School subjects are not too dissimilar from American schools. Students study English, Chinese, geography, physics, physical education, music, political science, etc.  Students have a longer school day than American students, typically from around 7:30 a.m. to after 5 p.m.

China’s President Xi Jinping was recently quoted in the Guardian as saying, following his much-touted recent visit to the UK, that Chinese students should have more free time, and more time to play. I agree with this, and hope that suggestion will be translated into practice in the future, although the aforementioned “tiger mom” culture seems pretty firmly ingrained here.

It is commonly believed in China that American schools are better at teaching creativity and critical thinking. While I think many Chinese have an overly glowing view of American schools (as well as other aspects of U.S. society and culture), it is true that much of the learning in Chinese schools seems of the ‘rote learning variety – lots of memorization and repetition.

Is the curriculum filled with “propaganda,” as Americans are led to believe? Certainly in China students are encouraged in the official views of patriotism, socialism, etc. As American schools teach a view of history and society consistent with official U.S. ideology regarding capitalism, foreign policy, etc., so do Chinese schools teach a view of history and society in accord with the official views of the People’s Republic. China’s Young Communist League has a visible presence on campuses, and many teachers are party members as well (I know which ones because they often wear red flag sickle-and-hammer lapel pins).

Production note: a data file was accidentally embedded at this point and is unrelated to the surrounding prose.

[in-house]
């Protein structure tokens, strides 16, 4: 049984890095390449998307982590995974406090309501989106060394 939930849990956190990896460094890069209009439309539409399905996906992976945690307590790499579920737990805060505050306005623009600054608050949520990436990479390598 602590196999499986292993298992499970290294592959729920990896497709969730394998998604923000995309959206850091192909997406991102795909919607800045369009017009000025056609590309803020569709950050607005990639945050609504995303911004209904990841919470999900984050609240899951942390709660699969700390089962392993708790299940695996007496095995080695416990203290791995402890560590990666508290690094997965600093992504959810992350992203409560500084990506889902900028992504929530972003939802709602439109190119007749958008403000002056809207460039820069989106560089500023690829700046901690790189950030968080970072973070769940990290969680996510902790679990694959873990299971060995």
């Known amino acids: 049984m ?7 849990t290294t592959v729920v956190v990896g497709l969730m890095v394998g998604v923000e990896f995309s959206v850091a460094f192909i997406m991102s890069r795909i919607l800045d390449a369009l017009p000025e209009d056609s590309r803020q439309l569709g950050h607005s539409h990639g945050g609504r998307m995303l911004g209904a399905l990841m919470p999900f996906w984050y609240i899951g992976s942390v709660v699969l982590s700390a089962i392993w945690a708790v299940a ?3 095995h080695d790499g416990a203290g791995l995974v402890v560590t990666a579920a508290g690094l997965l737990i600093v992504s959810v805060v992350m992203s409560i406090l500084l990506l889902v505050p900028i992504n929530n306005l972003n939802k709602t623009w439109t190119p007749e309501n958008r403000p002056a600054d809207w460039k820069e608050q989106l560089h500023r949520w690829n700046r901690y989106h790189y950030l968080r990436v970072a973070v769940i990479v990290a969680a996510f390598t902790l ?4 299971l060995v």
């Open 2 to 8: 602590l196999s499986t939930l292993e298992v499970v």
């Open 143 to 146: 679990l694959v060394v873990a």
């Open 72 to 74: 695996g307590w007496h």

When a major anniversary, such as the victory over Japan in World War II, is observed in China, it is reflected by school activities (a film about the victory against fascism, for example), and it is common to have slogans such as “Socialism is Good” and “Long Live the Victory over Japan and Fascism” colored onto a chalkboard at the back of the classroom.

One last thing I’d like to add on a positive note. The cafeteria food! It’s both healthier and, in my opinion, much tastier, than what you find in U.S. school cafeterias. Furthermore, food services are not outsourced to private corporations, as is typical in America. Breakfast and lunch are free to all students and staff. In the U.S., of course we have free and reduced lunches based on income (though this program is often attacked by right-wing politicians), but in China, it’s universal.

Send me more questions about my experiences in China via contact@peoplesworld.org – put “Question for Brad Jansen” in the subject line. Or, post a comment below.

Photo: School children, Guangming School, China. IvanWalsh.com/Flickr/Creative Commons



Brad Janzen
Brad Janzen

Brad Janzen is teaching English in China.